Principles of Awesomeness

Setting a New Standard of Service in the Valley
A Case Study

DSU's Principles of Awesomeness in Walla Walla Valley Honda's Training Program Build Unity and Team Morale


Imagine it: A bunch of hard-working employees, not knowing what to do and what to say, with no structure or uniformity from one sales person to another. This was the former structure of Walla Walla Valley Honda.

The sales team lacked any type of consistent excellence, or accountability – a key benefit of training. That made the customer experience poor and created an environment of frustration that lead to lower sales and sky-high turnover. Employees weren’t happy. Customers weren’t happy. And as a result, sales crashed.

But all this was about to change for the dealership.

Awesome Training that Builds Unity and Team Morale

Changing the culture of an auto dealership means changing the experience consumers have when they visit, and that requires a total commitment to training and education. It’s a shared commitment, as well: owners, managers and employees must learn to prioritize a consistent and comprehensive training approach. Unfortunately, the previous owner of Walla Walla Honda did not invest in the right kind of initial and ongoing training, and did not support efforts by employees to reach out for additional help. “Before we came into the dealership, the training basically consisted of stuffing the new guy in the back room and making him spend hours and days trying to do Honda’s training,” said Bryant Gibby, General Sales Manager for Walla Walla Honda. “There was really no leadership involved in the training, there was nothing from the sales managers. And no long term training to speak of, etiher. They didn’t even have an actual sales process manual.” Setting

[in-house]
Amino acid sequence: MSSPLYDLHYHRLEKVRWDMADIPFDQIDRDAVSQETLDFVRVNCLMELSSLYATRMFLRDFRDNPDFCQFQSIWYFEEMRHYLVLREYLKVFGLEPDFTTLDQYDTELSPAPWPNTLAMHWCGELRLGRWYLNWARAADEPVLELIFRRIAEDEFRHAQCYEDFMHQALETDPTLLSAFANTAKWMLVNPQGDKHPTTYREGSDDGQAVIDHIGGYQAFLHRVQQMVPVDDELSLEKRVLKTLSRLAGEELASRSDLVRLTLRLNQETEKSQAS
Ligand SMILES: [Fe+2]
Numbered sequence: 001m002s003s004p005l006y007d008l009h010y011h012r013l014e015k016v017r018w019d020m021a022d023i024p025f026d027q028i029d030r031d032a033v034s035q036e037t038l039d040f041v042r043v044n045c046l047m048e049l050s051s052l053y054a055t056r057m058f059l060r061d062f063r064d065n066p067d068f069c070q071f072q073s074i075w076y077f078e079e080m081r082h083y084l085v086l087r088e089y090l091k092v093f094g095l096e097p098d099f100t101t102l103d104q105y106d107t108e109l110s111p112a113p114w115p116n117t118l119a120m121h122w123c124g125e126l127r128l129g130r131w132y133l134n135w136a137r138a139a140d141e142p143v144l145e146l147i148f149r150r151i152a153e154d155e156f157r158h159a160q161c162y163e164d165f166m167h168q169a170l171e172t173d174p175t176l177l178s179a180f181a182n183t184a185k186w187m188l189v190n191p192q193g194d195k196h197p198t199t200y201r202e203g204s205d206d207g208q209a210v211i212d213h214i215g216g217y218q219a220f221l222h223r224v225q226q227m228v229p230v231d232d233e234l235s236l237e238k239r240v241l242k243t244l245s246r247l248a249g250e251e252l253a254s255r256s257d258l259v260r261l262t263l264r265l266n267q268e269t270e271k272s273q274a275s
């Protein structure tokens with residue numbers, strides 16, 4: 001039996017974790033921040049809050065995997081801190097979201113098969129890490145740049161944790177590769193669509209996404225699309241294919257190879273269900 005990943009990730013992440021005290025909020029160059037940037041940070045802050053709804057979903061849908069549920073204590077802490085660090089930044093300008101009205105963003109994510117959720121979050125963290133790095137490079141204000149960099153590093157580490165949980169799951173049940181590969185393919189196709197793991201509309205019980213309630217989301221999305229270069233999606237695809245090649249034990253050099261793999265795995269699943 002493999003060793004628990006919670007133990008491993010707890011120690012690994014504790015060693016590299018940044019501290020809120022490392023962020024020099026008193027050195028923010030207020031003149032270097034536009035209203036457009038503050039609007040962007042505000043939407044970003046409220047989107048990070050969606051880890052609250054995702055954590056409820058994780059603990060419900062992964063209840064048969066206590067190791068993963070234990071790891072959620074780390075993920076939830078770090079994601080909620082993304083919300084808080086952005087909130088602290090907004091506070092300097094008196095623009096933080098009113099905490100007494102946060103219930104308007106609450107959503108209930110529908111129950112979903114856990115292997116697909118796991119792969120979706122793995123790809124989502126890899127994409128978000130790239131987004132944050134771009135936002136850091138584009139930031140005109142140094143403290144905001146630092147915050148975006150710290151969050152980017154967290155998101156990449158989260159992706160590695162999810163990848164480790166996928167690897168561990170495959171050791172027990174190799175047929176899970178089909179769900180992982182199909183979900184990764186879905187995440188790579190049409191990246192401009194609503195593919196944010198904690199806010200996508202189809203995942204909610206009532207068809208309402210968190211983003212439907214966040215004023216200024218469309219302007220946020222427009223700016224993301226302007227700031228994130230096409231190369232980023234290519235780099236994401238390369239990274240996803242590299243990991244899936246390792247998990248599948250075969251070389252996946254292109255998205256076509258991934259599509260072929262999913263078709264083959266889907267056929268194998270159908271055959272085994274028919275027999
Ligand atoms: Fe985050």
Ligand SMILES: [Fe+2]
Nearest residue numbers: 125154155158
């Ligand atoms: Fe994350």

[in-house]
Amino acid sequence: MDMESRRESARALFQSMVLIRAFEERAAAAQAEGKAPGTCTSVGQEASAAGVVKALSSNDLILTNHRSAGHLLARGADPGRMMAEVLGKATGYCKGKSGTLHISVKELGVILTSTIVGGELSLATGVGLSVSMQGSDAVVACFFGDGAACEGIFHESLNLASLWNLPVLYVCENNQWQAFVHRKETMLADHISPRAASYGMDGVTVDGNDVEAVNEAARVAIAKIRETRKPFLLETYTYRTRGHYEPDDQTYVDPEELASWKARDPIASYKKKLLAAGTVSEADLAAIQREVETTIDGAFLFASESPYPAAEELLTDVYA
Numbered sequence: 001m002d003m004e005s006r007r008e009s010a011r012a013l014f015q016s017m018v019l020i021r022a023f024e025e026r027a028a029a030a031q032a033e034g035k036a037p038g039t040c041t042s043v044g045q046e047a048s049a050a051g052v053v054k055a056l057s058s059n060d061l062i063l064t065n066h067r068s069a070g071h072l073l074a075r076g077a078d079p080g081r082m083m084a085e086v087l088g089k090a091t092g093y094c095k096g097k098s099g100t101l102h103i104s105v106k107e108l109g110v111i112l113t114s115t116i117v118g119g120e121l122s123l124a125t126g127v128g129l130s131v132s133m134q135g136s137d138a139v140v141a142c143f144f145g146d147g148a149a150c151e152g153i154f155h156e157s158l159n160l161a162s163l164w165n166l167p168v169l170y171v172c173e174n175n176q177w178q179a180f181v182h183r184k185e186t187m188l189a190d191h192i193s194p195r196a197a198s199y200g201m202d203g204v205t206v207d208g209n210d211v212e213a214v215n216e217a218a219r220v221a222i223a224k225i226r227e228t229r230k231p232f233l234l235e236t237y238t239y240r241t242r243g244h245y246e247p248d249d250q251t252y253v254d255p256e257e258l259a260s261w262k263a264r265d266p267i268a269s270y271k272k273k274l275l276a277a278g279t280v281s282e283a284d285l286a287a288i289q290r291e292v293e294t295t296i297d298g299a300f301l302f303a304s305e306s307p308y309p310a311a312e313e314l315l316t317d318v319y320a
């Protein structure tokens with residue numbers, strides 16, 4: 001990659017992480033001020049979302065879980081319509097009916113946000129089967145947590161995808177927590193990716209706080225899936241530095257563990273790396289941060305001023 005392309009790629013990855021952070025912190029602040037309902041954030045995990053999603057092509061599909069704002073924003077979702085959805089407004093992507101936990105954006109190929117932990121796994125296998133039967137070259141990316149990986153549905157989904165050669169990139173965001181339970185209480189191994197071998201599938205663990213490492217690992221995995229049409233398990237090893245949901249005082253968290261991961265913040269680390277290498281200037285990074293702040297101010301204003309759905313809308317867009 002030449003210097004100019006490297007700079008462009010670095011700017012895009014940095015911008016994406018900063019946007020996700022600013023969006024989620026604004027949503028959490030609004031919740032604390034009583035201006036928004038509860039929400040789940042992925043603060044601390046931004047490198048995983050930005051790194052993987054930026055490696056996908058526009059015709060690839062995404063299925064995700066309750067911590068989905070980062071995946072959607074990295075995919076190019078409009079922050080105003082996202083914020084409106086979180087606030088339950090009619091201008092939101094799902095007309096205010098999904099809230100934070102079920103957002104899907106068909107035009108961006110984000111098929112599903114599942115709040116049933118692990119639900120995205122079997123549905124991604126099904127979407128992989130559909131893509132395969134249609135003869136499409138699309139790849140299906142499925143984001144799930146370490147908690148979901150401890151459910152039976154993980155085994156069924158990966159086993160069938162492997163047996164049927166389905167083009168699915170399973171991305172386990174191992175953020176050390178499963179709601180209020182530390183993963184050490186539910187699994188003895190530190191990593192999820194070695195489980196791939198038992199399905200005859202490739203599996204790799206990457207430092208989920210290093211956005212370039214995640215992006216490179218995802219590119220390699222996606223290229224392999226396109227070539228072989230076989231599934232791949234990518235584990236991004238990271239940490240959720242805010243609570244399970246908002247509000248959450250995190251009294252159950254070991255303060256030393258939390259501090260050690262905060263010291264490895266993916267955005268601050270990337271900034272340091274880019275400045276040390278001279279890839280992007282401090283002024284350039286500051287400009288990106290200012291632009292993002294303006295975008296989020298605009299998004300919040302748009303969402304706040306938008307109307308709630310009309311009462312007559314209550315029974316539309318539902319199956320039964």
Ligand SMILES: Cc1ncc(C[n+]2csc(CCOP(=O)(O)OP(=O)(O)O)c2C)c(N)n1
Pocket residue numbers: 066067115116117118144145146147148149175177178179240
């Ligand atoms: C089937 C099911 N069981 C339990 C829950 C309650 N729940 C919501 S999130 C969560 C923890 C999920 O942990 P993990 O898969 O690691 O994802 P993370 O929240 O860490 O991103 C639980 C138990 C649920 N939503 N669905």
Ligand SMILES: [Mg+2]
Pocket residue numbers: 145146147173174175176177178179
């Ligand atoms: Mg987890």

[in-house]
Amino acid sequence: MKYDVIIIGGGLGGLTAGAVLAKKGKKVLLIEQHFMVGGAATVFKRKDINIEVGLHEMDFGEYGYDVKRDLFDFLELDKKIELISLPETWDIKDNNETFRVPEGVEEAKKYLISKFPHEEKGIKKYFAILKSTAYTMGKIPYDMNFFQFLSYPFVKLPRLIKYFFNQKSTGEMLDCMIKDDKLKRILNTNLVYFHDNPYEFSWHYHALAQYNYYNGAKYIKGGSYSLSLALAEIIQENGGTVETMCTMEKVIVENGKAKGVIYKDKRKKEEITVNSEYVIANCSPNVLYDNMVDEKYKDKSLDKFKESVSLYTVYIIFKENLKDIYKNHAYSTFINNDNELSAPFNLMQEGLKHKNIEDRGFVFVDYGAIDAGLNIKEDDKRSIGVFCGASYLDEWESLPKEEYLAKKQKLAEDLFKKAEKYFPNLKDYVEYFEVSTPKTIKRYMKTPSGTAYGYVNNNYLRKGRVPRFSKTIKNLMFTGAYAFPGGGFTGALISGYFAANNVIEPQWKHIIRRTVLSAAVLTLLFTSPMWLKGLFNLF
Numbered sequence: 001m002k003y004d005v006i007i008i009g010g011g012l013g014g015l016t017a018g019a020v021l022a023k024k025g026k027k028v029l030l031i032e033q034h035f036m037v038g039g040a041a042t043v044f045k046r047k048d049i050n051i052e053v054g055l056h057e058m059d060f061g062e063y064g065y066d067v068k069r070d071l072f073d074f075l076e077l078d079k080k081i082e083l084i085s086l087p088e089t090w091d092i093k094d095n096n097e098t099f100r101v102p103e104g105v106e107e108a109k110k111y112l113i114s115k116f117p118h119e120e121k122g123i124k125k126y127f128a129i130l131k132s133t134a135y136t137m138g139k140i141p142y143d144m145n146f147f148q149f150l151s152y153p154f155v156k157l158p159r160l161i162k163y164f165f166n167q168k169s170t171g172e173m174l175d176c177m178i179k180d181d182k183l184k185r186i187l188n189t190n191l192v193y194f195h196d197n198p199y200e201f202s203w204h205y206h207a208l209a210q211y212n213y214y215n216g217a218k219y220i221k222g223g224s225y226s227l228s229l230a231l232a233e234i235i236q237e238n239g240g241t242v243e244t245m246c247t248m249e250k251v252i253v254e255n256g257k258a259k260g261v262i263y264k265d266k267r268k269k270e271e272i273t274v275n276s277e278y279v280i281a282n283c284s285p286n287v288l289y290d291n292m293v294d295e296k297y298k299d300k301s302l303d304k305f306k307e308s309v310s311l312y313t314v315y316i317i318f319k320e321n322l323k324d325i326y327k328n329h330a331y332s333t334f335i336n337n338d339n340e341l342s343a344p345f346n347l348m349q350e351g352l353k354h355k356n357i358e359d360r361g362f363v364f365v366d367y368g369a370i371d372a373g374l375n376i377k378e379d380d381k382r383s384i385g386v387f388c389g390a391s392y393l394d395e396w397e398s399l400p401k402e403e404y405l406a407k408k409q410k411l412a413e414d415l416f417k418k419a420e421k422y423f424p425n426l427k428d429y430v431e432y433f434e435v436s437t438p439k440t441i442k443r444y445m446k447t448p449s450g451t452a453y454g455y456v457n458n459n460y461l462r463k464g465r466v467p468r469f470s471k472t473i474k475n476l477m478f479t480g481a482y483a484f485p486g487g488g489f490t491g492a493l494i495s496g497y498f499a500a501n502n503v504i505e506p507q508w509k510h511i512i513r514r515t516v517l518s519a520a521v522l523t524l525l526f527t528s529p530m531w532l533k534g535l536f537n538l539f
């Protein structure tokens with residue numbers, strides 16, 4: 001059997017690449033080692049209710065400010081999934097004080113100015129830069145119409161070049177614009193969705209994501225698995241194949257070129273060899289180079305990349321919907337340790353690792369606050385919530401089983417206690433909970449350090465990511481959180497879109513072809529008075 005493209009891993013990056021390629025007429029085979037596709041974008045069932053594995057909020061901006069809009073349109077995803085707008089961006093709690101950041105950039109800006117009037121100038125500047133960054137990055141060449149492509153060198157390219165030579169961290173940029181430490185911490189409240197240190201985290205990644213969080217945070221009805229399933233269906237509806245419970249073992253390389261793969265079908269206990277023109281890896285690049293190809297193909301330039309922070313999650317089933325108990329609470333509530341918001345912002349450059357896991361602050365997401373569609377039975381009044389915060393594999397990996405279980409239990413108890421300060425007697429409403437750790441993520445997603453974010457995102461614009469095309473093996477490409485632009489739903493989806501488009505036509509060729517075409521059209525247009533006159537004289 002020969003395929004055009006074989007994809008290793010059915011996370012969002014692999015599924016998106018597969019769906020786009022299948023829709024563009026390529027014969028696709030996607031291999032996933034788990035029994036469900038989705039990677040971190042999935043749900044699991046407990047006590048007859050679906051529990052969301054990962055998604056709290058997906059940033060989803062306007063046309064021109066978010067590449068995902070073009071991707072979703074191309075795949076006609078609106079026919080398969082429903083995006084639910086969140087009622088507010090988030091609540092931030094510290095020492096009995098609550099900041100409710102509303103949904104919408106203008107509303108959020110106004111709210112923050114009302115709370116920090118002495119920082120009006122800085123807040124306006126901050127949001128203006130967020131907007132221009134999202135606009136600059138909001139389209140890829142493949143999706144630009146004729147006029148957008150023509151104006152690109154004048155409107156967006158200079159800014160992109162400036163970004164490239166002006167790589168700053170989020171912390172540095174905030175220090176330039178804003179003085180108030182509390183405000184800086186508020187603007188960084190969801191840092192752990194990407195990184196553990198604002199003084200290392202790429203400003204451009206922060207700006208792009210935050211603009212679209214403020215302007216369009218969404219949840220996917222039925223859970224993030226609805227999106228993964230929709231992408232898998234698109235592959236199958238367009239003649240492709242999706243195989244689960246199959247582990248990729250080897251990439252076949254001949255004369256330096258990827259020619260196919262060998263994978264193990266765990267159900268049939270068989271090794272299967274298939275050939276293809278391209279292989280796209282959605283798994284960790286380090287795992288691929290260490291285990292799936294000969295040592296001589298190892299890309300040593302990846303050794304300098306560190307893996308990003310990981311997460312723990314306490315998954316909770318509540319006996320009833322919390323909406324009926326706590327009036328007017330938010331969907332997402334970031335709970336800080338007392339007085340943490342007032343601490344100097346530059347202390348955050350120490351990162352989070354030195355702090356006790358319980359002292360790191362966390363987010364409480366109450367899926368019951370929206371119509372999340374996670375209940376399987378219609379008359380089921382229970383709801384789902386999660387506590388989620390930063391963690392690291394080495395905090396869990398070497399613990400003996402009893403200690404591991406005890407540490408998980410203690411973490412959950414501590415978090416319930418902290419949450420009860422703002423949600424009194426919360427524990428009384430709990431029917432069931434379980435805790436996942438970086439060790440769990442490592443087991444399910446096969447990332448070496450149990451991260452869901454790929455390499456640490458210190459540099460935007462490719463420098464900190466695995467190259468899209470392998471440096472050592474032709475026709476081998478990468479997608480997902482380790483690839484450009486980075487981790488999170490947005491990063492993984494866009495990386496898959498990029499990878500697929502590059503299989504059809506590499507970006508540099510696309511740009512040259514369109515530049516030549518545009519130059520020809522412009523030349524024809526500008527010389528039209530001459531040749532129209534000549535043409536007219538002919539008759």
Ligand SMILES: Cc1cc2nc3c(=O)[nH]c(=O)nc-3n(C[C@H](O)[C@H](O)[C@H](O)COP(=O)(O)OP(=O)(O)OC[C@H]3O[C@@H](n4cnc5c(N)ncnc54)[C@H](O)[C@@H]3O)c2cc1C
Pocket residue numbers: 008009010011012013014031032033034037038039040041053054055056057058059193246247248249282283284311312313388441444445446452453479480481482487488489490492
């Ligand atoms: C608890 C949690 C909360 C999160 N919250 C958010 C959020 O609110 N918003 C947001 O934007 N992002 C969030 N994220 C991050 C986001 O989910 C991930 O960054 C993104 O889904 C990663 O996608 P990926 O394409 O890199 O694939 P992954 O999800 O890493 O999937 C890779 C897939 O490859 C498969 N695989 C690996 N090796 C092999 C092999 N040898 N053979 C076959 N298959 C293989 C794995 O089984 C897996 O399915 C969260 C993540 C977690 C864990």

Learning Based on the Principles of Awesomeness

When Jared Hamilton purchased the store, he immediately brought in Gibby and put him to work creating a new environment, one that started with a proper and cohesive sales process manual. “Over the course of six months, we kept fine tuning the manual until we felt comfortable that we had a structure that we could base new-hire training on,” said Gibby. “That’s a key foundation. Today, based on that manual, we have an onboarding process where they’re not just stuffed in the back room by themselves for three weeks.”

By applying the core training principles from DrivingSales University, Gibby is able to also implement accountability by way of deadlines and expectations. Whether it’s Honda training or DSUS curriculum, new employees have 60 days to complete the process. That gives them more time to soak in the best practices found in the training materials and through interaction with dealership managers. It even includes a daily training session – the foundation of the program – that happens at 8:30 am sharp. “The store opens up at 9, and we do a morning training at 8:30, every single morning,” said Gibby. “The topics vary from product training to sales training. We do role playing and scripting and inbound phone script training. We’ll even cover Internet lead handling training. It may see like we train on everything, but it’s very focused and constructive.”